For the past two decades, Raleigh has had a thumbnail version of the “7 Up” sequence of movies. But where that acclaimed British film series has been following a generation seven years at a time since 1964, the Connells’ video for their song “ ’74-’75” has had but a single then-and-now for its 16 subjects.
As originally assembled by director Mark Pellington, “ ’74-’75” showed yearbook photos of members of the class of 1975 – most of them from Raleigh’s Broughton High School, alma mater of two members of the Connells – juxtaposed with shots of each subject filmed in 1993.
During the video’s initial run in 1994, we tracked down everyone from the video. And in honor of the 40-year anniversary of that class of ’75, we decided to extend the video’s timeline to the present. Take a look at our newly edited 2015 version:
More than two decades on, the subjects’ median age is now late-50s. Almost everyone still resides in this area. One subject died in 2013. Another three are disabled. Marriages have begun, ended and even (in a few cases) continued. Waistlines and hairlines have thickened and thinned. And children have been born, grown up, moved on to their own lives.
‘7 Up’ influence
The Connells first emerged in the late 1980s, part of a wave of college-radio guitar bands that followed in R.E.M.’s wake (Don Dixon and Mitch Easter, co-producers of R.E.M.’s first records, were also among the Connells’ producers early on). By 1993, when they released their album “Ring,” the Connells were well-established as one of the leading live draws across the Southeast.
“’74-’75” is a pensive ballad from “Ring,” selected as the album’s second single after “Slackjawed.” A longtime friend of the band, Pellington had also directed their psychedelic-flavored video for 1990’s “Stone Cold Yesterday” – and he was also one of the hottest video directors of the early 1990s, having done mega-hit videos including U2’s “One” and Pearl Jam’s “Jeremy.”
Starting with this video, I went into a period where I was really fascinated with memory and identity, who we are and who we were. The melancholy, wistful feel of that song and the title led to the notion of a local high school class, then and now.
Director Mark Pellington
At that time, Pellington was also struggling with his father’s descent into Alzheimer’s. Having recently seen “28 Up,” British director Michael Apted’s then-current update on the “7 Up” series, Pellington decided to try something similar with “ ’74-’75.” The only reason songwriter Mike Connell had picked the numbers 74 and 75 was that they sang well within the song’s meter. But Pellington took the title literally, portraying the class of 1974-75 over time.
“Starting with this video, I went into a period where I was really fascinated with memory and identity, who we are and who we were,” Pellington said recently. “The melancholy, wistful feel of that song and the title led to the notion of a local high school class, then and now.”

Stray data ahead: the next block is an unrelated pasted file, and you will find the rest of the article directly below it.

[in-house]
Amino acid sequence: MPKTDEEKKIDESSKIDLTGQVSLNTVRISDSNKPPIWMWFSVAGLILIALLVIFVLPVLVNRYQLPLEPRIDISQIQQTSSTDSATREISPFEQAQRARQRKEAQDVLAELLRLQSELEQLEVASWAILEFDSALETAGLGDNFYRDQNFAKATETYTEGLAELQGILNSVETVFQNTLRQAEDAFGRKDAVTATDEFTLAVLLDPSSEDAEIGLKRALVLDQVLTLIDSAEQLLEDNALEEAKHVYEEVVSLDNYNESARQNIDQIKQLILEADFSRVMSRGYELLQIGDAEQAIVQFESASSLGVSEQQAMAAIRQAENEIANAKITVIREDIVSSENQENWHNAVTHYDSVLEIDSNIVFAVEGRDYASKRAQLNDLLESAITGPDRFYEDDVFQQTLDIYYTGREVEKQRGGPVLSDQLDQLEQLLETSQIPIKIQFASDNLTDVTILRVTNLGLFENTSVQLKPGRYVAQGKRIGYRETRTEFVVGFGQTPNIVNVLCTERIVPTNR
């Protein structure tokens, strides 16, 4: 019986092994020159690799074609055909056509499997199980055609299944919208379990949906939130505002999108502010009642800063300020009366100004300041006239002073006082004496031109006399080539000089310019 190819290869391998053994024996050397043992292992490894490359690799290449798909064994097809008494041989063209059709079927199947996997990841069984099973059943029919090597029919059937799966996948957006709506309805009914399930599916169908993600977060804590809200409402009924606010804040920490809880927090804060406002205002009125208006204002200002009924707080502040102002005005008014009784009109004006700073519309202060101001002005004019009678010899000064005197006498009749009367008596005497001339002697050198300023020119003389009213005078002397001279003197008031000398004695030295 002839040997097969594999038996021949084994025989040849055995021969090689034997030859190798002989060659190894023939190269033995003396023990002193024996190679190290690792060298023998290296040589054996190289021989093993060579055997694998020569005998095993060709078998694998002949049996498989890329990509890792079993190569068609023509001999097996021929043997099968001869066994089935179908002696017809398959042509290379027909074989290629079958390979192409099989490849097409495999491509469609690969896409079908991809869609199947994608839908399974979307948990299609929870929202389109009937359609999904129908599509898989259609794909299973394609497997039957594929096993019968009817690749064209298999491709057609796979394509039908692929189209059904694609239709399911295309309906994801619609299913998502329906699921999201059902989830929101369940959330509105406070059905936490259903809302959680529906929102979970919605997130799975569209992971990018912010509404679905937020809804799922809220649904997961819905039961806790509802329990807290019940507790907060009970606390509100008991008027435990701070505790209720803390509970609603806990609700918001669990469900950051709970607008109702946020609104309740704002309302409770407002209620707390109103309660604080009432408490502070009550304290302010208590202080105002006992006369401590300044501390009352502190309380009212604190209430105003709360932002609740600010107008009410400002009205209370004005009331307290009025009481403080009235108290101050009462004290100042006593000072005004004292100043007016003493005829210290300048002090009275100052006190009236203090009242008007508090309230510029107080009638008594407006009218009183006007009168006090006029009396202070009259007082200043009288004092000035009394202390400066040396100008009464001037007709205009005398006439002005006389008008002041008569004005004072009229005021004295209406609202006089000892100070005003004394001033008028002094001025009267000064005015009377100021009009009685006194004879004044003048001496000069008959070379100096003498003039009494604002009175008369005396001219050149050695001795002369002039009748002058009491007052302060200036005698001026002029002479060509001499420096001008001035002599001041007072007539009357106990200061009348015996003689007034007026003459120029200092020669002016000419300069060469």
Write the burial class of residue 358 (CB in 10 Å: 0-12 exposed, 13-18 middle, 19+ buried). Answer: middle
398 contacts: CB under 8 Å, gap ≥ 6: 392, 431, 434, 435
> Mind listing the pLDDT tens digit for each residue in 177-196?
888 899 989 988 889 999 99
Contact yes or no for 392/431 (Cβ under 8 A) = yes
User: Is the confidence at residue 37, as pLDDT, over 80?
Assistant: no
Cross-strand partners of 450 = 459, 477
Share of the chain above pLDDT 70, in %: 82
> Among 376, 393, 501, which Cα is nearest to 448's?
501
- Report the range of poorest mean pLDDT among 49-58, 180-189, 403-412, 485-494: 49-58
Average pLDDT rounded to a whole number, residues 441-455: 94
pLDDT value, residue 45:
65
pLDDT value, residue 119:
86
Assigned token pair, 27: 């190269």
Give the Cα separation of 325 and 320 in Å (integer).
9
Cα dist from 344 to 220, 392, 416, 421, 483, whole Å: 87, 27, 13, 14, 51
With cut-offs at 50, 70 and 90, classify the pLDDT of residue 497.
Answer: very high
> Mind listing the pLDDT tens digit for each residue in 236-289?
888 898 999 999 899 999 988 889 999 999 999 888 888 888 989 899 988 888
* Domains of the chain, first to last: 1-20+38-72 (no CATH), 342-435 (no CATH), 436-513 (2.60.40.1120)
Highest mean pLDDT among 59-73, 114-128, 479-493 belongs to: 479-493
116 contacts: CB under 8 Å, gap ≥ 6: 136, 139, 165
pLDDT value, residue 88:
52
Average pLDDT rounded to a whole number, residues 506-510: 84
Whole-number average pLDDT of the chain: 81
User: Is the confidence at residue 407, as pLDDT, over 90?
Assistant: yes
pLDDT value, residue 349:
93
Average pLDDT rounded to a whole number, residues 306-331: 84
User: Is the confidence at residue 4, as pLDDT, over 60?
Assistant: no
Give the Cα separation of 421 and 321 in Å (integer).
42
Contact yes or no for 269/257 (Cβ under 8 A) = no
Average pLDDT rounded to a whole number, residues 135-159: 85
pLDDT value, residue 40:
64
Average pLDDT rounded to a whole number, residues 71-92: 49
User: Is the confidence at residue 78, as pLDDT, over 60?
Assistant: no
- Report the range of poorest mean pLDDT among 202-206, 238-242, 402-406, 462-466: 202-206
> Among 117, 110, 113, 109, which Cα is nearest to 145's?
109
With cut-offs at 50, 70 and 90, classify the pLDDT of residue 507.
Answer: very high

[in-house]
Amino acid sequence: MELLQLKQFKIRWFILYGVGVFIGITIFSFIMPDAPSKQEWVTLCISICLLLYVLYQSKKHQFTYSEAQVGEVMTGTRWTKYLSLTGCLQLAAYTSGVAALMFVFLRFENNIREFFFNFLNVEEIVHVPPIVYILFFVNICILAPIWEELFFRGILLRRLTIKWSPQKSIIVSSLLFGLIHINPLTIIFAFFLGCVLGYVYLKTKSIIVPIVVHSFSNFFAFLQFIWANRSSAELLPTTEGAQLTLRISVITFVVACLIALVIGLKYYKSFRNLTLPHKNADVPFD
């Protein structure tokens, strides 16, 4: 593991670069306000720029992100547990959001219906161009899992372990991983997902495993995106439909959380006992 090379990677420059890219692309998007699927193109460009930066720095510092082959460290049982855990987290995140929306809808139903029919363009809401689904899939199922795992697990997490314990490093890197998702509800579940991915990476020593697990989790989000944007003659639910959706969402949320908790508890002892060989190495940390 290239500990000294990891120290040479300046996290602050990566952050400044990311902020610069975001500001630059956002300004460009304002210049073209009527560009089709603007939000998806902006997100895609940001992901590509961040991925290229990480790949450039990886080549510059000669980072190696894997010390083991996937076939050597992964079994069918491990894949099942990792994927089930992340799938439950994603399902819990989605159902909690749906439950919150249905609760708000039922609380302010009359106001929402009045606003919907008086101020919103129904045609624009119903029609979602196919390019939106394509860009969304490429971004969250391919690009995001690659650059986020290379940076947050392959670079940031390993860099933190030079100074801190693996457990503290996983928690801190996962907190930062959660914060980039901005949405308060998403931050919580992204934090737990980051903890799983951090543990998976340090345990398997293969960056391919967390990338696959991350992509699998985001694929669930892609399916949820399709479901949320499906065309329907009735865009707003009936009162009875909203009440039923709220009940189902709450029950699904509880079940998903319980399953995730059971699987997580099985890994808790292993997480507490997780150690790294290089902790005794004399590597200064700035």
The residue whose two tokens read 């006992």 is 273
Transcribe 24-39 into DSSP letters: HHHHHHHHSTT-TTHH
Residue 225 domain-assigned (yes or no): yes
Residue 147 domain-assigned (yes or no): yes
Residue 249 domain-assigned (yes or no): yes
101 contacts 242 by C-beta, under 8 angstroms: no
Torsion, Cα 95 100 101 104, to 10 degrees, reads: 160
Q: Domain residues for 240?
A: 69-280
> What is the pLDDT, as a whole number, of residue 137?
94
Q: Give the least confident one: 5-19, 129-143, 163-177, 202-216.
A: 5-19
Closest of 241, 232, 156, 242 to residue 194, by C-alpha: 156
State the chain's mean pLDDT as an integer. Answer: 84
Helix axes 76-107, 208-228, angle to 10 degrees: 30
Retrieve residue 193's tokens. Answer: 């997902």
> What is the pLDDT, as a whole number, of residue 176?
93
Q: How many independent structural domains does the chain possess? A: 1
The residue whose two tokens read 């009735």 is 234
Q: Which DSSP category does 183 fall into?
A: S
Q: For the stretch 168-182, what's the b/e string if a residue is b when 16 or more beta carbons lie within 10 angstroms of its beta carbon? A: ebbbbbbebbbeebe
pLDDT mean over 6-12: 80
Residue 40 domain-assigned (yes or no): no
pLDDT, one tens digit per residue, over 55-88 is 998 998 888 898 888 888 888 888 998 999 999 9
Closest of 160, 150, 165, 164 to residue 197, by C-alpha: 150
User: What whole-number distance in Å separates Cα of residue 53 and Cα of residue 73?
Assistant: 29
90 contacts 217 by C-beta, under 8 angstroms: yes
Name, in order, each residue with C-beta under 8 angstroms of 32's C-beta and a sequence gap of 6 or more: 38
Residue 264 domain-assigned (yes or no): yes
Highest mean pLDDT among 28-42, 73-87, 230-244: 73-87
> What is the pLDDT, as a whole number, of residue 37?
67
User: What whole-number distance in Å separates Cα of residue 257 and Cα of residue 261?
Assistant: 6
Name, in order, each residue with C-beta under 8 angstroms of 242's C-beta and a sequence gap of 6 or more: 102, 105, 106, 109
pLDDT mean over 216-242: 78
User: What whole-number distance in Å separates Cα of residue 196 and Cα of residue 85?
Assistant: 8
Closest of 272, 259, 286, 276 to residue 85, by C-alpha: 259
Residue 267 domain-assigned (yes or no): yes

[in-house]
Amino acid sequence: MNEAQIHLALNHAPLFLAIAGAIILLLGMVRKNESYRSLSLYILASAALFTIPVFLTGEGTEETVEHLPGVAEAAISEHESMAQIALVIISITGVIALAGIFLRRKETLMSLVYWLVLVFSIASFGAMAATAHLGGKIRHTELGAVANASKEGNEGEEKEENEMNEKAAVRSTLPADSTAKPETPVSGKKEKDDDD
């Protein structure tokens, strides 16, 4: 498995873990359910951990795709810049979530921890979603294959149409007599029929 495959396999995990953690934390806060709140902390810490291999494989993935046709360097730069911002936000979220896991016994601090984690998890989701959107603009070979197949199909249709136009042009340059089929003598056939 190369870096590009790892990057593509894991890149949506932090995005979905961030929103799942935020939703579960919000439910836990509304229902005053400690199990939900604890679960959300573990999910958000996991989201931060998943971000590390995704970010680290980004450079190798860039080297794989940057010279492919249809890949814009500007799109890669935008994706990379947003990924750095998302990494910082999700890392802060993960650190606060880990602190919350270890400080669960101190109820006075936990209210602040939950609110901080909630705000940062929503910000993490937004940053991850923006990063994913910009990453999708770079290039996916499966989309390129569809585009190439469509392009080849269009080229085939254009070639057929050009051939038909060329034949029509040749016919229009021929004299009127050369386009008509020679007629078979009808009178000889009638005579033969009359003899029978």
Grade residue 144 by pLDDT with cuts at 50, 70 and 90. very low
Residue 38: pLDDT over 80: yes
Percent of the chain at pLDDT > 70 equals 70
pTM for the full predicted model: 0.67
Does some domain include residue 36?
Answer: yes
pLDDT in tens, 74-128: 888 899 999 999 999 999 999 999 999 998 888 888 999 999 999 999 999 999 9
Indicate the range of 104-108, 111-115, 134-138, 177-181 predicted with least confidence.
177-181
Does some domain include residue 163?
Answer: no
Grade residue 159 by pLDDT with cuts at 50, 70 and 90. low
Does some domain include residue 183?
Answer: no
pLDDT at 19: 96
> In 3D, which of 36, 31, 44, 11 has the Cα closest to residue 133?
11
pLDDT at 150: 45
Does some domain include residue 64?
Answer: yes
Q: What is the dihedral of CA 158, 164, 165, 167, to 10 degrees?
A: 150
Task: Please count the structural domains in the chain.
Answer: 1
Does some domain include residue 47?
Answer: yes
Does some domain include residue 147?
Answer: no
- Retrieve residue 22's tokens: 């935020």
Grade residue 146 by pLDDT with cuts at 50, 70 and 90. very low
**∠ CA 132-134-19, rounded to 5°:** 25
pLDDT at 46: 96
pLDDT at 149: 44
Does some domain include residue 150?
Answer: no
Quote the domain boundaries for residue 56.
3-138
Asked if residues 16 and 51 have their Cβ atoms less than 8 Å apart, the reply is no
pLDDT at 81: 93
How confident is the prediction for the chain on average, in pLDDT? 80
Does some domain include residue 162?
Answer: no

For the setting, Pellington selected Broughton in the Connells’ hometown of Raleigh. Pairing class-of-1975 yearbook photos with footage shot in 1993, the original video covers half a lifetime, from fresh-faced teenage years to mid-30s.
Both song and video attracted a fair amount of attention in America, and the song was also on the soundtrack of this year’s made-in-North-Carolina movie “The World Made Straight.” But Europe was where “ ’74-’75” exploded into the Connells’ biggest-ever hit. It cracked the top 10 in 11 different countries, hitting No. 1 in Norway and Sweden and No. 8 overall on the continent-wide “Eurochart Hot 100.” The video remains a cult favorite in Europe, as well as an ongoing public-art project.
“I work for a Swiss company and a number of people I work with over there recognize the video,” said Buddy Bowman, one of the original stars. “But they’re more familiar with the remakes people do with their own pictures. It was on the Austrian charts for years.”
Squinting at future
Pellington’s crew did all the shooting for “’74-’75” in the fall of 1993, paying each subject $75 to stand in front of a backdrop. Some of the footage used was surreptitious, and some was shot with the subjects’ knowledge. Pellington guessed that “about 80 percent” of the final video’s footage came from when people didn’t know they were being shot. That may account for some of the pensive expressions.
“Much of the naturalism of people standing on display, looking unvarnished and maybe a little uncomfortable, came from the hidden nature of the way we photographed everyone,” Pellington said. “Then we’d also say, ‘OK, look at the camera’ – and they’d be ‘on.’ The most powerful moments juxtapose those. It’s almost visceral: ‘This is who I am and who I was.’ Everybody can relate to that. We were all once younger, skinnier.”
That also goes for the Greek chorus of “’74-’75,” the Connells themselves, who appear throughout the video as observers. Two decades on, they’ve changed, too. The band is a part-time occupation now for its members, which include Mike and David Connell and keyboardist Steve Potak from that 1993 lineup. Former guitarist George Huntley sells houses nowadays, while drummer Peele Wimberley freelances as a corporate audiovisual specialist.
“Even though the video didn’t show the band in high school, they were going through that sense, too,” Pellington said. “They were also getting older. So there were signifiers of events and time passing, like David (Connell)’s wedding ring. The band was squinting at their own future down the path, too.”
Perhaps we’ll try to convene everyone again in 2025 for the 50-year anniversary of the class of 1975.